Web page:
As usual, success is more about an effective use of a particular technique than the technique in itself.

Just my 2 cents.


If infodumps were hooky,  no one would ever complain about them in the first place.
     

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Re: SPACE OPERA: PROLOGUE OR NOT TO PROLOGUE - THAT IS MY QUESTION
« Reply #19 on: January 12, 2018, 05:34:53 PM »
Most people who rail against prologues are writers who heard it from other writers. If your book calls for a prologue, make it a prologue. If you're worried about the label, don't call it a prologue. Just start the story. Put the title on the page, go down to the point where your chapters will start on the page, jump in. At the end of that, start chapter 1.


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Re: SPACE OPERA: PROLOGUE OR NOT TO PROLOGUE - THAT IS MY QUESTION
« Reply #20 on: January 12, 2018, 05:38:32 PM »
I don't read space opera (not even sure what it is)


Star Wars and Babylon 5 are examples of space opera.  It's sort of like an SF version of epic fantasy.  Here's the Wikipedia definition:

Quote
Space opera is a subgenre of science fiction that emphasizes space warfare, melodramatic adventure, interplanetary battles, chivalric romance, and risk-taking. Set mainly or entirely in outer space, it usually involves conflict between opponents possessing advanced abilities, futuristic weapons, and other sophisticated technology.
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Offline wheart

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Re: SPACE OPERA: PROLOGUE OR NOT TO PROLOGUE - THAT IS MY QUESTION
« Reply #21 on: January 12, 2018, 06:25:42 PM »
I've written in the thriller genre, and mostly prologues are taboo. At least what I've learned.

Well you should unlearn that, my dear, or else you might want to tell the TOP 100 Thriller bestsellers that, since many obviously don't know it's taboo :P

If big name authors are using them, why shouldn't you?

Whenever I read authors spouting so-called rules, I always check out multiple sources (and especially the bestseller authors' works) and determine for myself what's true.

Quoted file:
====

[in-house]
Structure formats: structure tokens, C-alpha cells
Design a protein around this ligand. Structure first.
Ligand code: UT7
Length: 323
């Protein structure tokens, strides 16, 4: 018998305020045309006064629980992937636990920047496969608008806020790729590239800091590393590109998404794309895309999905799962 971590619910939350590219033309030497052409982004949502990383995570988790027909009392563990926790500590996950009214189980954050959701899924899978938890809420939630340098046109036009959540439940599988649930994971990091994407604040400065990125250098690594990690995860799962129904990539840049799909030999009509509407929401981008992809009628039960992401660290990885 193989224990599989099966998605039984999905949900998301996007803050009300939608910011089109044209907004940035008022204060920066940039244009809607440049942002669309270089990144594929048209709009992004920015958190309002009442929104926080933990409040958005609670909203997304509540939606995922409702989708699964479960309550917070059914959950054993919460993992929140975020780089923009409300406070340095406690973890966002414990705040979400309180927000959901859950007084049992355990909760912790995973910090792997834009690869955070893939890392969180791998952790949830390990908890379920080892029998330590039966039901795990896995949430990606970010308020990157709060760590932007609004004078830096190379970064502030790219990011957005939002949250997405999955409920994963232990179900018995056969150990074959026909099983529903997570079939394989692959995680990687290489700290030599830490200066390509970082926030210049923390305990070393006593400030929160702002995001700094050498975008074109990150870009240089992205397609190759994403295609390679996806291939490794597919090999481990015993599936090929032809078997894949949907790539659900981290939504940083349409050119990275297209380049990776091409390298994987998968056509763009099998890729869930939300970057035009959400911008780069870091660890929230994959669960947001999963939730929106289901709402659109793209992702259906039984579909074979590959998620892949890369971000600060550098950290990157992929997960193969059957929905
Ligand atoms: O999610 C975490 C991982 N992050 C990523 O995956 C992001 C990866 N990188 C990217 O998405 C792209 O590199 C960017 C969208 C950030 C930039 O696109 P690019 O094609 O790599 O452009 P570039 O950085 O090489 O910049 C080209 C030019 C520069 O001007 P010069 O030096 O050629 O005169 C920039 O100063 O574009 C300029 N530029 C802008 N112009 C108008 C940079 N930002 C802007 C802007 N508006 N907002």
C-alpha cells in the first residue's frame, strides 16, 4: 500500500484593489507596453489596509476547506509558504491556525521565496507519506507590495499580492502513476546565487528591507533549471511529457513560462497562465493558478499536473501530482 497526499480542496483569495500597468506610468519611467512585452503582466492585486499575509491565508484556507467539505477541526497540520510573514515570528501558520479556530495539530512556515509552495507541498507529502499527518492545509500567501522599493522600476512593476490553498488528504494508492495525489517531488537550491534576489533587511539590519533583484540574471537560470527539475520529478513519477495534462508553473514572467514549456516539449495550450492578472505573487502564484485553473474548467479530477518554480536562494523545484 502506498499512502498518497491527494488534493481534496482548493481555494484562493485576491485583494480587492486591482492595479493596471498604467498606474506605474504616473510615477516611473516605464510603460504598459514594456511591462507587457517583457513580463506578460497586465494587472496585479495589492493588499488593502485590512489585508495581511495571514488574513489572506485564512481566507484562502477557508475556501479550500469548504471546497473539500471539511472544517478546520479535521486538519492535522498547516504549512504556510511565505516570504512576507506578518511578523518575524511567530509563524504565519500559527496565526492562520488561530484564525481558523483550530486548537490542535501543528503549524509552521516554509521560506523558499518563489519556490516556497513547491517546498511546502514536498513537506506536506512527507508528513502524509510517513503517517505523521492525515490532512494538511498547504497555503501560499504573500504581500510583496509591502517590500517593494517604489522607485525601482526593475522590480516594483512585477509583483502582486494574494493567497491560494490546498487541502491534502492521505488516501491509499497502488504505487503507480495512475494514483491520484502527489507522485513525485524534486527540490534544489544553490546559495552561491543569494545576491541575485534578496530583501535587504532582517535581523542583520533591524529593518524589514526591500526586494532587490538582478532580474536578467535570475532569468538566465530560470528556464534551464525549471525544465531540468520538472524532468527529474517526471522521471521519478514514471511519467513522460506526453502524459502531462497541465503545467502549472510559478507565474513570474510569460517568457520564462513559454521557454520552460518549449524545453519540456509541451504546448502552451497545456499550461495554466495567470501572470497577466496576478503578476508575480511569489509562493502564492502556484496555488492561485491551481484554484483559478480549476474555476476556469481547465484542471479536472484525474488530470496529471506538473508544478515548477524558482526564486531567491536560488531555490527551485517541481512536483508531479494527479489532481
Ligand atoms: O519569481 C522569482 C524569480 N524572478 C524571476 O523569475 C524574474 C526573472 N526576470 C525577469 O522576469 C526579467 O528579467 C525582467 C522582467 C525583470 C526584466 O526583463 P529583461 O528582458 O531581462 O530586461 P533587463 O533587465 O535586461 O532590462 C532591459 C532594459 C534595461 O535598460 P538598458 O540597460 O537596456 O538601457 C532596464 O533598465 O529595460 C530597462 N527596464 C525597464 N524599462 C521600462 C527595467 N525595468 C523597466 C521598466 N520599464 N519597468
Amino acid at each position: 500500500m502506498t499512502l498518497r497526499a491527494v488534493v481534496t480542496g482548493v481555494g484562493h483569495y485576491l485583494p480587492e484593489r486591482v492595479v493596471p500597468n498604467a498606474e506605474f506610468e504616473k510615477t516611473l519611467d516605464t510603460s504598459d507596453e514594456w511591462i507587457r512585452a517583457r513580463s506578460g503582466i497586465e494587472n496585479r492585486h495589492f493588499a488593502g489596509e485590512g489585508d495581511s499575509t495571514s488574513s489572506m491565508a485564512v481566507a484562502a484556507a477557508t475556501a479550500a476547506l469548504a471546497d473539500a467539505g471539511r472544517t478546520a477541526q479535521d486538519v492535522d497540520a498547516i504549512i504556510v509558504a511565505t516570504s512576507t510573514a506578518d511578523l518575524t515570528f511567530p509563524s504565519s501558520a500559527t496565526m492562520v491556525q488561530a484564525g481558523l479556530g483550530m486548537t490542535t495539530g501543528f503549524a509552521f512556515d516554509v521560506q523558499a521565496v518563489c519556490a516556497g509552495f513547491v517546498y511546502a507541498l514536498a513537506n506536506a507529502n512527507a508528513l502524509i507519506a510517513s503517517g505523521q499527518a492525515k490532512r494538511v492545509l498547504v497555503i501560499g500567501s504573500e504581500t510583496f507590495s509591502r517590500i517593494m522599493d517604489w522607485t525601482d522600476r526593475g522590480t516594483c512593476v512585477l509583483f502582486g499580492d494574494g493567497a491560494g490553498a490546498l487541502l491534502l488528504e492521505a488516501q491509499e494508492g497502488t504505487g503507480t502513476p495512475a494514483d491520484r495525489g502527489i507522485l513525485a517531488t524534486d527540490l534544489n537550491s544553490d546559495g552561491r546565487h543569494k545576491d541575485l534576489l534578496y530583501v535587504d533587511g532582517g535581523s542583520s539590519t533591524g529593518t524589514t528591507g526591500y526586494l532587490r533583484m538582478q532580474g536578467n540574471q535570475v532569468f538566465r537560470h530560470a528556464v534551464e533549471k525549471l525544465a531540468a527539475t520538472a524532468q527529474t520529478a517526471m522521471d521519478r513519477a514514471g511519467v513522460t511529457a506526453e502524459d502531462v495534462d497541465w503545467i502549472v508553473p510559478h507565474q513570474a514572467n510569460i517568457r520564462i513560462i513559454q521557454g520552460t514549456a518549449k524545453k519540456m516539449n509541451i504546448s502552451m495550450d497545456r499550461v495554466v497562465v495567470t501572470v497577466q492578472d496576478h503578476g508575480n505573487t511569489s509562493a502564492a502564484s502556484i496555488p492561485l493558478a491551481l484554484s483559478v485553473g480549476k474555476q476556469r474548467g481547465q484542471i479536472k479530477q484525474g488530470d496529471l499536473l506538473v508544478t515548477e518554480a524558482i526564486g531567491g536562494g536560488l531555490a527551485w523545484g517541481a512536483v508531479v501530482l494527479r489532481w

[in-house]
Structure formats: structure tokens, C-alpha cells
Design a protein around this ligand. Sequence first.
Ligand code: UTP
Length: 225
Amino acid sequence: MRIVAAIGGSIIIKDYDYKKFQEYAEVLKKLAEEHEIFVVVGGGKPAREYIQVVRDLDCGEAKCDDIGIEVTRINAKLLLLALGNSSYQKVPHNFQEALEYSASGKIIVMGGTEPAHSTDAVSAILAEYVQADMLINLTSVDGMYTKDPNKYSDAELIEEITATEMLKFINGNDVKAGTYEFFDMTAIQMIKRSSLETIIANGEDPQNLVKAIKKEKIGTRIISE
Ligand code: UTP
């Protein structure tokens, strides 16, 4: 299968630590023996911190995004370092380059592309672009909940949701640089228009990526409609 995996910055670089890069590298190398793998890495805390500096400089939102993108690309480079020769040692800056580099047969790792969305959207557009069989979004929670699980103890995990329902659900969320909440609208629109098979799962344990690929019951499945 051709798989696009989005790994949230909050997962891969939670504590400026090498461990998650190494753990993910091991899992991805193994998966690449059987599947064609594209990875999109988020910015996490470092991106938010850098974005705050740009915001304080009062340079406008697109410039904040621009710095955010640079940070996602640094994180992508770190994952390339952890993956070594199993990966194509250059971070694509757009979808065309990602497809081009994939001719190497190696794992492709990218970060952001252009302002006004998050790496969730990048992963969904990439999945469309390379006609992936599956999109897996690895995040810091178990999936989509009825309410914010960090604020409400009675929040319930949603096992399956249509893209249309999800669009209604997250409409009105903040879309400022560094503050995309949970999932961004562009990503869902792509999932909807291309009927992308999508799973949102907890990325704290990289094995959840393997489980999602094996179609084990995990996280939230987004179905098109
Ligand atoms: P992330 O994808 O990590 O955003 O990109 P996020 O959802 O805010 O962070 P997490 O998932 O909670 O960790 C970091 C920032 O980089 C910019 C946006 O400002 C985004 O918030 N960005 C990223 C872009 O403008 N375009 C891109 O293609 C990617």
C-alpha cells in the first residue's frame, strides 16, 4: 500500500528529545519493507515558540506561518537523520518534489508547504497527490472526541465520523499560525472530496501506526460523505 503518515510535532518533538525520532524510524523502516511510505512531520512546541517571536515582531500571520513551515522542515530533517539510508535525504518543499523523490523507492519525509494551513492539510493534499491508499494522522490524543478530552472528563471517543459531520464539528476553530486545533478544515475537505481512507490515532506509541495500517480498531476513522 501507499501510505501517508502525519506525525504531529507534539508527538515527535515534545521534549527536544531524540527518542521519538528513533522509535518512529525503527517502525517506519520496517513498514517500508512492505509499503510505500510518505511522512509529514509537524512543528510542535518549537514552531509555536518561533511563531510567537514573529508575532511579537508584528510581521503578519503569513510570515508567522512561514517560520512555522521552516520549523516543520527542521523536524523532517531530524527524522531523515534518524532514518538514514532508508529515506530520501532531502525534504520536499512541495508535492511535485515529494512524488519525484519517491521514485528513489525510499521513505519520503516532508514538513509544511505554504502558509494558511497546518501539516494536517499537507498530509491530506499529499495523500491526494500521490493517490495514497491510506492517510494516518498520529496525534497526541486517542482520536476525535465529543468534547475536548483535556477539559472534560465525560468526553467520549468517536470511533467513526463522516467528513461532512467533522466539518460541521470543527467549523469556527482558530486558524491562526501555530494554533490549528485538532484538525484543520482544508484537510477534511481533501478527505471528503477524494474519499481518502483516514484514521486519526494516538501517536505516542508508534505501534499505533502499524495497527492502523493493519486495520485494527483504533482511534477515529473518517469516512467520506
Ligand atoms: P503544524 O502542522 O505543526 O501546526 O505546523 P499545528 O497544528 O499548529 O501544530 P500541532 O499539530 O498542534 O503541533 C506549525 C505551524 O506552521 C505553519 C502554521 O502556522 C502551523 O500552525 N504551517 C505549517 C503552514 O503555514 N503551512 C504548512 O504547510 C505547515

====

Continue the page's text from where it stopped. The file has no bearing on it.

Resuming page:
Here are just a few Thrillers on the TOP 100 with prologues (I didn't get past the 2nd page):

The Girls
The Secret History
Beware the Past
The Gender Game
The Dead Key
Origin
In the Clearing
The Atlantis Gene
The Memory of Butterflies
The People vs Alex Cross
In the Waning Light

If these bestselling authors are writing prologues, I'd disregard whomever are calling them 'taboo' and refrain from spreading that type nonsense, lol :)

As some have said here, do what your heart tells you. If you feel a prologue suits the opening, go for it. Most readers won't judge your book just because you have a prologue. It takes more than that to ruin a reader's experience, right?
« Last Edit: January 12, 2018, 06:33:20 PM by wheart »

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Re: SPACE OPERA: PROLOGUE OR NOT TO PROLOGUE - THAT IS MY QUESTION
« Reply #22 on: January 12, 2018, 07:23:32 PM »

Star Wars and Babylon 5 are examples of space opera.  It's sort of like an SF version of epic fantasy.  Here's the Wikipedia definition:

Thanks for the info.  But to me, it's plain old sci-fi.
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Re: SPACE OPERA: PROLOGUE OR NOT TO PROLOGUE - THAT IS MY QUESTION
« Reply #23 on: January 12, 2018, 07:43:05 PM »

If infodumps were hooky,  no one would ever complain about them in the first place.

People complain about lots of things...

But if you don't think infodumps can be hooky, how about this as an example? The Lord of the Rings commences with an infodump of about 18 pages. It's so long that it's subdivided into headings such as Concerning Hobbits, Concerning Pipe-weed and Of the Ordering of the Shire. It is, well, the infodump to rule all infodumps.

Some people complain about it. Some people complain about TLOTR itself. Most people lap it up. All I can say is that Tolkien knew a thing or two about hookiness, and his techniques to make an infodump hooky are in plain sight for anyone who cares to study them.